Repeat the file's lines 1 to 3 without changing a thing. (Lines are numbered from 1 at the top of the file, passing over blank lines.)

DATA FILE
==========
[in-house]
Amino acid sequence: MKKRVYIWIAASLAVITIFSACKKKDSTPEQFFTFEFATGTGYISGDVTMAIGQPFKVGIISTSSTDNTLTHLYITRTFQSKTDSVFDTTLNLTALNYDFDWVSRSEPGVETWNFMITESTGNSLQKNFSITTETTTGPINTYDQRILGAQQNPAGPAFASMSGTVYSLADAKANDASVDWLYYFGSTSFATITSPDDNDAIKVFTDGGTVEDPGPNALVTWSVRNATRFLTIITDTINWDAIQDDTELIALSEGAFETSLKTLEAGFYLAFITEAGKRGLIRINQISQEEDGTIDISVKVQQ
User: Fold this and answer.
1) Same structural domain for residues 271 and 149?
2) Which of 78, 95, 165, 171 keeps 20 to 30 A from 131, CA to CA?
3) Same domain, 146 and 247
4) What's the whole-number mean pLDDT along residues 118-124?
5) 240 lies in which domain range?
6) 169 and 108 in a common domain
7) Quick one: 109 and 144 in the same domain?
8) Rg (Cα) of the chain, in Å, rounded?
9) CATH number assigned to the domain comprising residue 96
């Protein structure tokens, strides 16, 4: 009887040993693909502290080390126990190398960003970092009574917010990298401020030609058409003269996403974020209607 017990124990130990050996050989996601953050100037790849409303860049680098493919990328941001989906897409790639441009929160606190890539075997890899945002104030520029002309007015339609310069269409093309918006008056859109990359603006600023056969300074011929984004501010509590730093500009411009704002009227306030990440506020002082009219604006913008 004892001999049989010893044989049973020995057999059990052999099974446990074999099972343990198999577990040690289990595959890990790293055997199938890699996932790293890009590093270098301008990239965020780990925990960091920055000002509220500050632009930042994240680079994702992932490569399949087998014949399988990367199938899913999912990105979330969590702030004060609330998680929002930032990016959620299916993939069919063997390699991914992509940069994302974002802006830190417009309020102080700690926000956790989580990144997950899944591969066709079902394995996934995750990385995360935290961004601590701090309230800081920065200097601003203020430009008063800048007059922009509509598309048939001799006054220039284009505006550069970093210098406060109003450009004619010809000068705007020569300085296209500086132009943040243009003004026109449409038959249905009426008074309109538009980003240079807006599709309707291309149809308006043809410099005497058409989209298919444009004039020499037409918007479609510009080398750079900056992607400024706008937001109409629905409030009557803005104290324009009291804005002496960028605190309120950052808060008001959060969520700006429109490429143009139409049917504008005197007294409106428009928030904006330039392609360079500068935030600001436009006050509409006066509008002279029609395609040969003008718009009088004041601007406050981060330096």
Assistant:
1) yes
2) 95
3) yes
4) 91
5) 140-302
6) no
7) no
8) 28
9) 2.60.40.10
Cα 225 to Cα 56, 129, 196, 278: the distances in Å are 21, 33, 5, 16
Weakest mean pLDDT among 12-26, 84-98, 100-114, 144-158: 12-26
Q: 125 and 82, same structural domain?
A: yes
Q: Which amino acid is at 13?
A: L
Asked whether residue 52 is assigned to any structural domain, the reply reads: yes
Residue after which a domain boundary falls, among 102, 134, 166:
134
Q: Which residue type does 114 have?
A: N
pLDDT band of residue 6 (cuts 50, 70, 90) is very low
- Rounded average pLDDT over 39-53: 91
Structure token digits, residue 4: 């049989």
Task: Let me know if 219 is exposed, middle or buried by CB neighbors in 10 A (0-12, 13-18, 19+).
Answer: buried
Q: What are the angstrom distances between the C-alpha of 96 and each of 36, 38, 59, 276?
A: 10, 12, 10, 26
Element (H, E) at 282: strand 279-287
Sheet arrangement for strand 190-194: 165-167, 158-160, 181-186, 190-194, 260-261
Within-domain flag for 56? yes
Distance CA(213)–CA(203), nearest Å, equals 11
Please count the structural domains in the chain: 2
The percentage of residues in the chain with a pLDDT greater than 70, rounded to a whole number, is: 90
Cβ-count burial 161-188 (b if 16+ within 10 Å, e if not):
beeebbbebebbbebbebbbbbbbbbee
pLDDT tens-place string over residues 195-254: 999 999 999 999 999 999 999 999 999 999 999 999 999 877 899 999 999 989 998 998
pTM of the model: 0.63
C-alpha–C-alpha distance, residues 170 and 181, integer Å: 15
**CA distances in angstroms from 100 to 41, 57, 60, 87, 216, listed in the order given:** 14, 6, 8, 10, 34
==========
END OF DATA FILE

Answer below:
[in-house]
Amino acid sequence: MKKRVYIWIAASLAVITIFSACKKKDSTPEQFFTFEFATGTGYISGDVTMAIGQPFKVGIISTSSTDNTLTHLYITRTFQSKTDSVFDTTLNLTALNYDFDWVSRSEPGVETWNFMITESTGNSLQKNFSITTETTTGPINTYDQRILGAQQNPAGPAFASMSGTVYSLADAKANDASVDWLYYFGSTSFATITSPDDNDAIKVFTDGGTVEDPGPNALVTWSVRNATRFLTIITDTINWDAIQDDTELIALSEGAFETSLKTLEAGFYLAFITEAGKRGLIRINQISQEEDGTIDISVKVQQ
User: Fold this and answer.